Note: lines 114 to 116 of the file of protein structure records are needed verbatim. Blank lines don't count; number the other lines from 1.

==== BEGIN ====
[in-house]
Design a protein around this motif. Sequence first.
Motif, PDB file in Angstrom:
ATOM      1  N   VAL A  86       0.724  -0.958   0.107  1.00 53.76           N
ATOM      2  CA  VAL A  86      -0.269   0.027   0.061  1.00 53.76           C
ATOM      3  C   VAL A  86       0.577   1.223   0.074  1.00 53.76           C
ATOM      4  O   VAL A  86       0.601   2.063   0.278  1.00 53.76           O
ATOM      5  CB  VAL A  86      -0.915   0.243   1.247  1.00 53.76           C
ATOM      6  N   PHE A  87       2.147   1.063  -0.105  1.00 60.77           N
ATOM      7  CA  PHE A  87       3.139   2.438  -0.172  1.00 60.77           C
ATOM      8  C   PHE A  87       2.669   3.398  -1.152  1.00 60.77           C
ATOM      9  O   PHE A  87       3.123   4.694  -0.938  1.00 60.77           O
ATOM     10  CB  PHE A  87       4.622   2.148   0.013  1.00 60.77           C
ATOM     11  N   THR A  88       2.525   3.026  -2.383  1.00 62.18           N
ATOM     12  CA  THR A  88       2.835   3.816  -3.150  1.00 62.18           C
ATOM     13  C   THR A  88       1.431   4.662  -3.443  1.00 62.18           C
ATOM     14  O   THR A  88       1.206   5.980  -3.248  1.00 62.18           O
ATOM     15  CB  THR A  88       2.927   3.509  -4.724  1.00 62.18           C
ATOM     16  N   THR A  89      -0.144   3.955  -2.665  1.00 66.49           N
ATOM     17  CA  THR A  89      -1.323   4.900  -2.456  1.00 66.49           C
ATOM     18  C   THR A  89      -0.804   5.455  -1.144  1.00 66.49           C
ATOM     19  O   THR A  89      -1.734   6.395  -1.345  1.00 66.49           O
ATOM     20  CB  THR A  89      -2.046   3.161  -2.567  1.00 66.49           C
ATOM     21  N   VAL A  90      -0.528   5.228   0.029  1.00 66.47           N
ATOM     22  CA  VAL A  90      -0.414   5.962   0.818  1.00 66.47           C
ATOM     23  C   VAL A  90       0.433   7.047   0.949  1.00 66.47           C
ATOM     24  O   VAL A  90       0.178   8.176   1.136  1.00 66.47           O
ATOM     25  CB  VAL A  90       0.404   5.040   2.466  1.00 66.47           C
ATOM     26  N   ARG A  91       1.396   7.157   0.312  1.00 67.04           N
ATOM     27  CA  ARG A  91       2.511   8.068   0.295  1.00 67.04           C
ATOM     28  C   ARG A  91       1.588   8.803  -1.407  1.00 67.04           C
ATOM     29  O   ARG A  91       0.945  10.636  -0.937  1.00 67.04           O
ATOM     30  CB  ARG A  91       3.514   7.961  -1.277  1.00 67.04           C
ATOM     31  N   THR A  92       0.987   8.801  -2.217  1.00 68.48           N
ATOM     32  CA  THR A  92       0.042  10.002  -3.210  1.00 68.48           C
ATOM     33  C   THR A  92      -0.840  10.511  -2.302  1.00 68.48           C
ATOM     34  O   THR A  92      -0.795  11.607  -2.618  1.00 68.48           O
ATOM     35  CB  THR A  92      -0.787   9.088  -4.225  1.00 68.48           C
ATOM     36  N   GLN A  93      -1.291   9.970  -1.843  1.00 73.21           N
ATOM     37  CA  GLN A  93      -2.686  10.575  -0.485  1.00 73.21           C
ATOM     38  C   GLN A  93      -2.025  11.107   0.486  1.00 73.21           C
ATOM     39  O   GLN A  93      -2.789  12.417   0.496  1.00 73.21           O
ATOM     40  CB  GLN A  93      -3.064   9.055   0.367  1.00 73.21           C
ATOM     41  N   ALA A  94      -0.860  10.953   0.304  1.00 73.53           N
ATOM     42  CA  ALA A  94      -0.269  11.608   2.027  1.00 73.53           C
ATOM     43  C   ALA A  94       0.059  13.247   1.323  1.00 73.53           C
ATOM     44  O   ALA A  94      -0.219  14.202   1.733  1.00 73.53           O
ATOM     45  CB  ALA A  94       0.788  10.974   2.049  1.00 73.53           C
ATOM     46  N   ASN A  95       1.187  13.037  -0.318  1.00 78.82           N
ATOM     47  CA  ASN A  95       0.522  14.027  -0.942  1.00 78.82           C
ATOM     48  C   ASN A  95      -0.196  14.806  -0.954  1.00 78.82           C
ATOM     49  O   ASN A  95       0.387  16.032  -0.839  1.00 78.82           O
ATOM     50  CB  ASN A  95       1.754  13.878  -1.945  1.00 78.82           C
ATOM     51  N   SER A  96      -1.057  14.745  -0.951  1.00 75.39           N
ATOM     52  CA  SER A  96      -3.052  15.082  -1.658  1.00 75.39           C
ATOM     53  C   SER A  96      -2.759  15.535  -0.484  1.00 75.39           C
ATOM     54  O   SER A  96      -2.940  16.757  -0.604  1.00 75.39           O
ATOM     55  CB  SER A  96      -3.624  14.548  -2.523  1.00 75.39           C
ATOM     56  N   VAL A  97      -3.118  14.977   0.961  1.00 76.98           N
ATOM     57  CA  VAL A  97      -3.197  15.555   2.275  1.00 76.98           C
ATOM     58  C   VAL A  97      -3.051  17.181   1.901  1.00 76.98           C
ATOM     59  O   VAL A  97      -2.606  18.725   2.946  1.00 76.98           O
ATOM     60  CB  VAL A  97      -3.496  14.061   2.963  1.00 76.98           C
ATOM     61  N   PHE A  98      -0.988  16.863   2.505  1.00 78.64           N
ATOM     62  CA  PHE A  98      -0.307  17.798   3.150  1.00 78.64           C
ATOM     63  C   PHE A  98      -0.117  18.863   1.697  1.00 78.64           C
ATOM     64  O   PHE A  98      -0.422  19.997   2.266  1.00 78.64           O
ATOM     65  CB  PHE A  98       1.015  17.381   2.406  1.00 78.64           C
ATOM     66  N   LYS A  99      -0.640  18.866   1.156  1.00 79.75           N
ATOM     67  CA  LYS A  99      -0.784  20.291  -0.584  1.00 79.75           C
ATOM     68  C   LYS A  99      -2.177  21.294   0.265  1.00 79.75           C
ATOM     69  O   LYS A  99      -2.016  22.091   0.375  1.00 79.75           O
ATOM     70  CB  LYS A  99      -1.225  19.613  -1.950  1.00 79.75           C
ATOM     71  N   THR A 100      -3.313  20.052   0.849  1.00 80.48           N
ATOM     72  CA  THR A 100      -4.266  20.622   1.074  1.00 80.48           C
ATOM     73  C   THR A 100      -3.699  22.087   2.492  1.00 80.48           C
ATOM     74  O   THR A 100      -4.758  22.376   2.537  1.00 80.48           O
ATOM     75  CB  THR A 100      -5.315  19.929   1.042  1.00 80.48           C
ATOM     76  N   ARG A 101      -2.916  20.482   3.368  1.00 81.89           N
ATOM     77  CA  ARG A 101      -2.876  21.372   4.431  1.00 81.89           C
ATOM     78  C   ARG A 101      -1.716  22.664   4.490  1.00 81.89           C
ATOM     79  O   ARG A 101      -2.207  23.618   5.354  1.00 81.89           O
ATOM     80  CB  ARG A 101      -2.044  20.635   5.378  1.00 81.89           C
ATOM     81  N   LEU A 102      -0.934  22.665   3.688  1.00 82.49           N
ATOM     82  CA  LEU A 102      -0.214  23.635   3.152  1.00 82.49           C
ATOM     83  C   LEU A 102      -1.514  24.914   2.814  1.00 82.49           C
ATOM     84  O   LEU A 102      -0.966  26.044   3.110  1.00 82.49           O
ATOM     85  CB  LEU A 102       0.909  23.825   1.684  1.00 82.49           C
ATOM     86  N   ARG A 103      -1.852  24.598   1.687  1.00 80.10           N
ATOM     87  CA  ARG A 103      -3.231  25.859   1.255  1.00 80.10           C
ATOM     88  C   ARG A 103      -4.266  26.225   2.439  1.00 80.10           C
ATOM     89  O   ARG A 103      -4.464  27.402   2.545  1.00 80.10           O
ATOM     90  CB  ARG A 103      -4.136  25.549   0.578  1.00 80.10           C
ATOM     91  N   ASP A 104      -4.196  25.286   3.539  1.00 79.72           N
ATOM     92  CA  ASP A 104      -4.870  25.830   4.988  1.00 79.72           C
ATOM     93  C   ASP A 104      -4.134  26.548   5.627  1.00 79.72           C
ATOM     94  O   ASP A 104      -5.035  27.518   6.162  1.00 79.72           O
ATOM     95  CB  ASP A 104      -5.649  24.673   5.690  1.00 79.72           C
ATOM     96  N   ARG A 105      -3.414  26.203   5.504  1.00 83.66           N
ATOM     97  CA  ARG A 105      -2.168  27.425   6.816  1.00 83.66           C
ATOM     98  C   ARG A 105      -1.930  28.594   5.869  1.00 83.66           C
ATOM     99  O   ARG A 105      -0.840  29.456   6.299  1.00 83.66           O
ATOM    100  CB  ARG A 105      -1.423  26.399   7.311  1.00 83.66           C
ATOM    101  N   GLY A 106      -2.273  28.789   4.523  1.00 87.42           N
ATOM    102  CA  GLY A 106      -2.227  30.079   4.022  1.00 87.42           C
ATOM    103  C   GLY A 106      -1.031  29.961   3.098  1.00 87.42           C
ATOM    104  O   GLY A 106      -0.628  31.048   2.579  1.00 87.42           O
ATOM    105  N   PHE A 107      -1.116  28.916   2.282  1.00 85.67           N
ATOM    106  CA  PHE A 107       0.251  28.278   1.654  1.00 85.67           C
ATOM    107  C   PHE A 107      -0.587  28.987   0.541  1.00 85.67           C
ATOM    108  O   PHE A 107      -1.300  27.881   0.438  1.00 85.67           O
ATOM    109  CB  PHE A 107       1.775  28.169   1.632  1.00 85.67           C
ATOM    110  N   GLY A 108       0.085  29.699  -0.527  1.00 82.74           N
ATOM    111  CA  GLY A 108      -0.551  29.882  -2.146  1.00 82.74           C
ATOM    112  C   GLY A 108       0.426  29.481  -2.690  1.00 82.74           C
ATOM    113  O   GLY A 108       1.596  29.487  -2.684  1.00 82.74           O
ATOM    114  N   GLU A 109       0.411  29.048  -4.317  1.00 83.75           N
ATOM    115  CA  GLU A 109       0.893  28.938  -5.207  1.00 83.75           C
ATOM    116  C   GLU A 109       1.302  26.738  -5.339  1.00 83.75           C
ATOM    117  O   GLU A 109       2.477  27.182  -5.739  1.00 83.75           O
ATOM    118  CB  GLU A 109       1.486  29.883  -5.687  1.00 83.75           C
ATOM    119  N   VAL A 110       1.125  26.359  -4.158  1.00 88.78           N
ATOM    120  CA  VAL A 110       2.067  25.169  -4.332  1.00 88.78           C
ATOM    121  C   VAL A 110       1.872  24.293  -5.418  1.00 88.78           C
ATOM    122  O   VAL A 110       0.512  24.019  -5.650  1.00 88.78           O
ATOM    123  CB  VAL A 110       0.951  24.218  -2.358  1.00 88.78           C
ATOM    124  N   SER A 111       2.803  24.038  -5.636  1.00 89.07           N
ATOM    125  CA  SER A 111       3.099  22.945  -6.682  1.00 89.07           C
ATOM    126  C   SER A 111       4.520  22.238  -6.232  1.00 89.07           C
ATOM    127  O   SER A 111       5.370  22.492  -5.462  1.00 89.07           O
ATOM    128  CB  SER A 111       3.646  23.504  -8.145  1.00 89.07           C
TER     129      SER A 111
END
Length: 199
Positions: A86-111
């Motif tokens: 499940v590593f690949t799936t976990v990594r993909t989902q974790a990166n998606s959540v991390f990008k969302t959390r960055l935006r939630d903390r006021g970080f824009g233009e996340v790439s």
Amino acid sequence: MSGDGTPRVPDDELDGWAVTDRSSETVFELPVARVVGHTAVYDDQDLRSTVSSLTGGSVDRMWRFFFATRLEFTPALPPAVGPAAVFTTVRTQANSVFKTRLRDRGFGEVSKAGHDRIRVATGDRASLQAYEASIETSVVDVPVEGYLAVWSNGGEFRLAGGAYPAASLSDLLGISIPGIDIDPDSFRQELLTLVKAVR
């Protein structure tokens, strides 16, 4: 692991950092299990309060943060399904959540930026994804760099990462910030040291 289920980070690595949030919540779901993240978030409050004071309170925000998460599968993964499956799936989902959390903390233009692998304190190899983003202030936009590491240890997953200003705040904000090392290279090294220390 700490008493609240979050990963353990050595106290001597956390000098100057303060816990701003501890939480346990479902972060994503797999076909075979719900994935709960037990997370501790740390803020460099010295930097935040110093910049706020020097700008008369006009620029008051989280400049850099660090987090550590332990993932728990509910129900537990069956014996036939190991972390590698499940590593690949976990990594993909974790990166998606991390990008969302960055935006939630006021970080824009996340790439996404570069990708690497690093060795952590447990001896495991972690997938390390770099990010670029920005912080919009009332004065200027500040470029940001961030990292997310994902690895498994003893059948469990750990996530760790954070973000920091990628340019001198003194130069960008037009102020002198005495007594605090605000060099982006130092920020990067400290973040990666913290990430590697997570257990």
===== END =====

ATOM    111  CA  GLY A 108      -0.551  29.882  -2.146  1.00 82.74           C
ATOM    112  C   GLY A 108       0.426  29.481  -2.690  1.00 82.74           C
ATOM    113  O   GLY A 108       1.596  29.487  -2.684  1.00 82.74           O